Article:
Cardiff DJ whose brother took his own life now using music to help people with their mental health

A DJ from Cardiff has started a community group for musicians, to give young people an outlet for creativity and a safe space to share their emotions.

It is a group born out of heartbreak and loss.

Gemma Smith, 35, set up New Era in 2020 after she lost her brother to suicide. Around the same time, six other close friends also took their own lives.

She said: "I lost them all because they didn't have a safe space to go and talk, go and create and to be themselves and music was always that healer."

Gemma has now partnered with the mental health charity, Mind Cymru, to work with young people to tackle the mental health crisis in Wales.

Gemma Smith runs weekly sessions at a converted church where young people write, perform lyrics and produce music.

At weekly sessions in a converted Church in the centre of Cardiff, young people have the opportunity to develop their musical talent.

They are offered workshops, mentoring, a recording studio, life skills training and a safe space to share ideas.

Most importantly the group is focused on supporting young people's mental health.

Gemma is determined to do what she can to make a positive difference. "Instead of taking my life with theirs, I'm going to do something positive and save lives", she said.

The group is open to anyone under the age of 25.

H.D. is one of the young people who comes along to New Era. He describes the group as "an escape."

"You can just escape from all the things that are bothering you.

"When I'm rapping, it's just emotion or singing, it's just emotion. You can let a lot of pain out through words", he says.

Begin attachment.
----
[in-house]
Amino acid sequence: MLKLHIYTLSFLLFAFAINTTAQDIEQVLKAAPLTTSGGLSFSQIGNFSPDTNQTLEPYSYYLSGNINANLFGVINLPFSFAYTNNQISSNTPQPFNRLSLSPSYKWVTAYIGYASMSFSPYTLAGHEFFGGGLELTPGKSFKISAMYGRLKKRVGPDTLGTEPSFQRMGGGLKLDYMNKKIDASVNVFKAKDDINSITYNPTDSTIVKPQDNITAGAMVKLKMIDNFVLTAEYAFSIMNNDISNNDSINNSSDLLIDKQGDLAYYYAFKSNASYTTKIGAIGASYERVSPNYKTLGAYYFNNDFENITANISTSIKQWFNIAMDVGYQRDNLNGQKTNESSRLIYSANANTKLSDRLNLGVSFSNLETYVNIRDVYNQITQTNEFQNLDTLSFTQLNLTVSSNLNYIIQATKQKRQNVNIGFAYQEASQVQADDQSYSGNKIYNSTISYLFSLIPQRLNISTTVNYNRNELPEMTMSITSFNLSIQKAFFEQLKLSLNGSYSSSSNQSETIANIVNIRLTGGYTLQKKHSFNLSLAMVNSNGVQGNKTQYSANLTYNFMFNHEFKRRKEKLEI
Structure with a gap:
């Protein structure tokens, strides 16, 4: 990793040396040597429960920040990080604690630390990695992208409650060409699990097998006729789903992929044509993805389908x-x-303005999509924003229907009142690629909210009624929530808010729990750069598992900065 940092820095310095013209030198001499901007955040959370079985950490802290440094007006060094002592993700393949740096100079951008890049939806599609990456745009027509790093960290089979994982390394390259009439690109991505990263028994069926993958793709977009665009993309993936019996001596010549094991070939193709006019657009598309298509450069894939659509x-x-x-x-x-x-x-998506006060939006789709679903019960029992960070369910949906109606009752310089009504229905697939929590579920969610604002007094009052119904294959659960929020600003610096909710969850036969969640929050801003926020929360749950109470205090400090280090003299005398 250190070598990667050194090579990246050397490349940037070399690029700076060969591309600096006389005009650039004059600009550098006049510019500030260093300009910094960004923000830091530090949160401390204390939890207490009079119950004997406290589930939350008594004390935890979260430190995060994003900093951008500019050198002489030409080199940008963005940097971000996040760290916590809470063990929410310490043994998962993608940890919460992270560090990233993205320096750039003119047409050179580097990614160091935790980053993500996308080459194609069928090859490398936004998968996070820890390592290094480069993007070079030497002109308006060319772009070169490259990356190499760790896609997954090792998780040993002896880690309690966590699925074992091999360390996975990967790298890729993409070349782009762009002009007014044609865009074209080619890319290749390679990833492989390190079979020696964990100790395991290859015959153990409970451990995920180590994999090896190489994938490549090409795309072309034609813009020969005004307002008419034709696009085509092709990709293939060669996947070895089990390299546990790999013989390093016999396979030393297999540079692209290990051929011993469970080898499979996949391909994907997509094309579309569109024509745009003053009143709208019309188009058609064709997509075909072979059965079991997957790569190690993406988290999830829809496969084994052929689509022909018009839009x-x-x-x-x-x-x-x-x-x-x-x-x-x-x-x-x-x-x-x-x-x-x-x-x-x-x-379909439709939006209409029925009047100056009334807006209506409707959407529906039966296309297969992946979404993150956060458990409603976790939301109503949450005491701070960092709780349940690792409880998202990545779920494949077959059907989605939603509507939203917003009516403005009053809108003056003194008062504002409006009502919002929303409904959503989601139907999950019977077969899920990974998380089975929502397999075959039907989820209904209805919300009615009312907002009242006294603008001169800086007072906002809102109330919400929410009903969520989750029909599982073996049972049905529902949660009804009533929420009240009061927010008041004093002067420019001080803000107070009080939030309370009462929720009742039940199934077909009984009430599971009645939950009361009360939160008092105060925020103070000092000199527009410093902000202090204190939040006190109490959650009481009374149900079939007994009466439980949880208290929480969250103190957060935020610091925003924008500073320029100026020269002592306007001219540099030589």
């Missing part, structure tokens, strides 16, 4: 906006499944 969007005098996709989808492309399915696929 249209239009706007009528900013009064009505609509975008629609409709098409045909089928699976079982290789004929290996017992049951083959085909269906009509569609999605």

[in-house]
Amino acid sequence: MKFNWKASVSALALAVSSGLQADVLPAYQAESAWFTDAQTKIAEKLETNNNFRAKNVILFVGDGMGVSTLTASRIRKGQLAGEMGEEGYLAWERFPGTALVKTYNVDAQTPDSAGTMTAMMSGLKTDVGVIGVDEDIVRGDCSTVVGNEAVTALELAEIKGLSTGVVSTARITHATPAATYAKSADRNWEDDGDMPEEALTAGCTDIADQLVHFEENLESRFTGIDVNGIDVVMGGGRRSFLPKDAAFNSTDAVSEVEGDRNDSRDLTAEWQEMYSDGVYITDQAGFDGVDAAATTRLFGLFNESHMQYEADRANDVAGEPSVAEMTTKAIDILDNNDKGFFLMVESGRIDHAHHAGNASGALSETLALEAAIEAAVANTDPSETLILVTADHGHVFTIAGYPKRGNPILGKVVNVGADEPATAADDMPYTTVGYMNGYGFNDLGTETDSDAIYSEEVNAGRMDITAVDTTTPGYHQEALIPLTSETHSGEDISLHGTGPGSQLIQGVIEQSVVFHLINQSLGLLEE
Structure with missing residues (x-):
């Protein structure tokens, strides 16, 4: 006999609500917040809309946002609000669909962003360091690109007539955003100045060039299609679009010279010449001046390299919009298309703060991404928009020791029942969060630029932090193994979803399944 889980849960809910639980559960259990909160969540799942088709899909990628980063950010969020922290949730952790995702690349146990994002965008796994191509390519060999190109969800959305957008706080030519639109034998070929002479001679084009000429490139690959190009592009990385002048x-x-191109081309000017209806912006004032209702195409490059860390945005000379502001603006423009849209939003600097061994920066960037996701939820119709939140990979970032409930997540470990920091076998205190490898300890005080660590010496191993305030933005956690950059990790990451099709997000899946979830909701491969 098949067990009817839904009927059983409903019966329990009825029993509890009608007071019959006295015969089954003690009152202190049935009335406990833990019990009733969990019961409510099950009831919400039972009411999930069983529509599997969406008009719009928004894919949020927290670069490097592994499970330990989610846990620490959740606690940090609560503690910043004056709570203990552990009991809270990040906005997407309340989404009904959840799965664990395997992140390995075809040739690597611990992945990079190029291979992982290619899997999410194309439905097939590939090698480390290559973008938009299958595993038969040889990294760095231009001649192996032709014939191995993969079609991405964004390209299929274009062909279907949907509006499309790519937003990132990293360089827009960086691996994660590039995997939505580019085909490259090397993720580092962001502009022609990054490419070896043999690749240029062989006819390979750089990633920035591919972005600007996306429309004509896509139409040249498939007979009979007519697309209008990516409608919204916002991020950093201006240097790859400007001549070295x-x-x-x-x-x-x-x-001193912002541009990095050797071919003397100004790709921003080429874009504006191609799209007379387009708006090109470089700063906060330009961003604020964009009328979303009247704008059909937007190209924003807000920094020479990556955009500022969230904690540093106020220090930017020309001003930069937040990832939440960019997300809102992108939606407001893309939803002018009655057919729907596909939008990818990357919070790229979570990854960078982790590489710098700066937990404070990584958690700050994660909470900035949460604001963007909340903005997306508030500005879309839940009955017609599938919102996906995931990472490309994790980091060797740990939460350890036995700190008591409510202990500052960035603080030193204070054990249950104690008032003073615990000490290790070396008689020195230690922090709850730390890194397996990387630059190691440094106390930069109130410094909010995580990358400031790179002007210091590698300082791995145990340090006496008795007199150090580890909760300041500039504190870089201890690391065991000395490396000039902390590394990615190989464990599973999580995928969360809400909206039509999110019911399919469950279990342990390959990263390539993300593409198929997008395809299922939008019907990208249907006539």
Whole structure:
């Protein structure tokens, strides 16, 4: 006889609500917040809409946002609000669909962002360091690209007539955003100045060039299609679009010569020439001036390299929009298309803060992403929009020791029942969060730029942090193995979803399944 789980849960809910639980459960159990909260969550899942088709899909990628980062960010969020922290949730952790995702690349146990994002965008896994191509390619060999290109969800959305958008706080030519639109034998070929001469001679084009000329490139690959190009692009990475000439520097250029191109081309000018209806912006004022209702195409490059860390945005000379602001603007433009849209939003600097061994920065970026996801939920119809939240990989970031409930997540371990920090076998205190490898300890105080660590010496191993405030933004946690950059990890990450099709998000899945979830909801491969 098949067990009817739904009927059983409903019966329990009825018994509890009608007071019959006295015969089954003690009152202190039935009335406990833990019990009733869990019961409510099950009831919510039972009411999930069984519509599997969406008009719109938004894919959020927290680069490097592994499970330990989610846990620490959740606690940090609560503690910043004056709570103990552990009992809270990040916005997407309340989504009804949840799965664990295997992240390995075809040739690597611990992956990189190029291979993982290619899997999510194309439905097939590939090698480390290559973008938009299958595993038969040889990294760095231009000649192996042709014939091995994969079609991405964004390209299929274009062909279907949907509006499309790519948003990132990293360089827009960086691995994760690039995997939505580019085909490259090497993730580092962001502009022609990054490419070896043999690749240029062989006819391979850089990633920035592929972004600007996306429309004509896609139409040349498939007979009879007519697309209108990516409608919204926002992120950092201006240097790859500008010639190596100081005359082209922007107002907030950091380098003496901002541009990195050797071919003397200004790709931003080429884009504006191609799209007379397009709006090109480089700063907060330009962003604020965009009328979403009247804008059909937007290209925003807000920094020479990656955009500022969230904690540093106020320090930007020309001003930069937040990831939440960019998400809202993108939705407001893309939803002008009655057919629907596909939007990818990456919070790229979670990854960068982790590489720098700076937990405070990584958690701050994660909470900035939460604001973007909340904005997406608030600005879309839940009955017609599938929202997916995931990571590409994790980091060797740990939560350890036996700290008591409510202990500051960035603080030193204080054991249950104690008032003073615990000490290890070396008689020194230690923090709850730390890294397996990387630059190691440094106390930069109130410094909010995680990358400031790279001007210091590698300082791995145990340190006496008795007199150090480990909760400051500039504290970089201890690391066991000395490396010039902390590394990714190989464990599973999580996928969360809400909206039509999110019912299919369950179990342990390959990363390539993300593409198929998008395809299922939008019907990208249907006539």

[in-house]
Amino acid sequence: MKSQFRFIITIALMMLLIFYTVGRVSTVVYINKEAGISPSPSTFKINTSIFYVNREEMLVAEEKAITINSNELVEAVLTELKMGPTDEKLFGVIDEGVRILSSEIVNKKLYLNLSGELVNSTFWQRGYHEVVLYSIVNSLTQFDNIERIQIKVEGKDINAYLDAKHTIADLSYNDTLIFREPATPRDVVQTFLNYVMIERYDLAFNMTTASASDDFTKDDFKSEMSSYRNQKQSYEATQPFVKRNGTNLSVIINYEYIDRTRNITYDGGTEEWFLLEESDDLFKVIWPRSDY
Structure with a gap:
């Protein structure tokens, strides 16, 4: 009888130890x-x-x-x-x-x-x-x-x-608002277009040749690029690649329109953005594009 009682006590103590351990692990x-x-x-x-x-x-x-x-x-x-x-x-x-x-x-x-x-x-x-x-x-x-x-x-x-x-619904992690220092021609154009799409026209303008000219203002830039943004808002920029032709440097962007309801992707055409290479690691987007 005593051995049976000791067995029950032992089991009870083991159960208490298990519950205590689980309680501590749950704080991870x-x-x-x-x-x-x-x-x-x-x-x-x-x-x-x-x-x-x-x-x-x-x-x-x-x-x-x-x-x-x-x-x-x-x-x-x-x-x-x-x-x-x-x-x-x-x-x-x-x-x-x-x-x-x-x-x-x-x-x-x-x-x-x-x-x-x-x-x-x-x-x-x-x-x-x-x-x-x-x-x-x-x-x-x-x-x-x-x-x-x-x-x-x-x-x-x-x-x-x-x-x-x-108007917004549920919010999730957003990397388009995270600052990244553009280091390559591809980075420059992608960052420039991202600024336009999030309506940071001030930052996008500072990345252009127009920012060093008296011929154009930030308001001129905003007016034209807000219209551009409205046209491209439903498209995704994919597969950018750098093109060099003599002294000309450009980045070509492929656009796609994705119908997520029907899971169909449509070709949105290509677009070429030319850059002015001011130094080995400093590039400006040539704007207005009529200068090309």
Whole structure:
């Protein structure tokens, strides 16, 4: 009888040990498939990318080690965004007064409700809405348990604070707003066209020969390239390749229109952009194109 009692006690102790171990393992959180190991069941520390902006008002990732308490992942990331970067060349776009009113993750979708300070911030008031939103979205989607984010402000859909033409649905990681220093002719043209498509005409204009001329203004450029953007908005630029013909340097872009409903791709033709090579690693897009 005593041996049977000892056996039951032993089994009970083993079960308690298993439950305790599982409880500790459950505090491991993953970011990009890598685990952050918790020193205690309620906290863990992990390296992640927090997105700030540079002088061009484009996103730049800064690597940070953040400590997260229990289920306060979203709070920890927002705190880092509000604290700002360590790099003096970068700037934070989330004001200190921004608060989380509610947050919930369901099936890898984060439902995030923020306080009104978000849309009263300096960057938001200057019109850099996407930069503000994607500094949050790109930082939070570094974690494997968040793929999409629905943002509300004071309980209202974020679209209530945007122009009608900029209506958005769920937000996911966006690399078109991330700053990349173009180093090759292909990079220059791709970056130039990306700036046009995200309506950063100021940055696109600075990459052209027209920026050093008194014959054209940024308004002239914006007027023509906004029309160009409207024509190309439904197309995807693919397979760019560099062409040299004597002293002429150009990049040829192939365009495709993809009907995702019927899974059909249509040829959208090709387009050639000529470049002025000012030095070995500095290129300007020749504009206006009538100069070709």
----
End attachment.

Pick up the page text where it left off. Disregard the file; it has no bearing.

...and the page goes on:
The community group are now working with Mind Cymru to transform mental health through music.

According to Simon Jones from the charity "the mental health of children and younger adults remains one of the biggest challenges facing Wales today".

He says: "It’s an age range that is also among the most financially vulnerable so, against a backdrop of negative headlines, levels of stress, anxiety and depression are a real concern.

“Our message today is that support for your mental health IS out there. Mind, and other organisations, are here for you so please reach out.”

You can find advice and support here.

Samaritans is available day or night, 365 days a year.

You can call them for free on 116 123, email them at, or visit to find your nearest branch.

The Mental Health Helpline for Wales is available to take your call any time, day or night. Freephone 0800 132 737 or text 'help" to 81066 (charged at standard network rate)

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